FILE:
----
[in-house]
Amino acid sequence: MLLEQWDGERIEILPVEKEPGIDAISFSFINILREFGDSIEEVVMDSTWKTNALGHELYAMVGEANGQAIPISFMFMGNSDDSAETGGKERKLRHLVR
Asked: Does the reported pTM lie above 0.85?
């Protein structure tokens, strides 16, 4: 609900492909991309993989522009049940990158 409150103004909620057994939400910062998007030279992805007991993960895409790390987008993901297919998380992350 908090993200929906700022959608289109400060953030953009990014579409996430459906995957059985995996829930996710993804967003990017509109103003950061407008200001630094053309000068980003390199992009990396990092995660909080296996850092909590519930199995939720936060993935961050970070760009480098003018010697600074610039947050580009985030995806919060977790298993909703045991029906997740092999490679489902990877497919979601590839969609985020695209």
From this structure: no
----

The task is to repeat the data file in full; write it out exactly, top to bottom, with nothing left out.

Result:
[in-house]
Amino acid sequence: MLLEQWDGERIEILPVEKEPGIDAISFSFINILREFGDSIEEVVMDSTWKTNALGHELYAMVGEANGQAIPISFMFMGNSDDSAETGGKERKLRHLVR
Asked: Does the reported pTM lie above 0.85?
């Protein structure tokens, strides 16, 4: 609900492909991309993989522009049940990158 409150103004909620057994939400910062998007030279992805007991993960895409790390987008993901297919998380992350 908090993200929906700022959608289109400060953030953009990014579409996430459906995957059985995996829930996710993804967003990017509109103003950061407008200001630094053309000068980003390199992009990396990092995660909080296996850092909590519930199995939720936060993935961050970070760009480098003018010697600074610039947050580009985030995806919060977790298993909703045991029906997740092999490679489902990877497919979601590839969609985020695209």
From this structure: no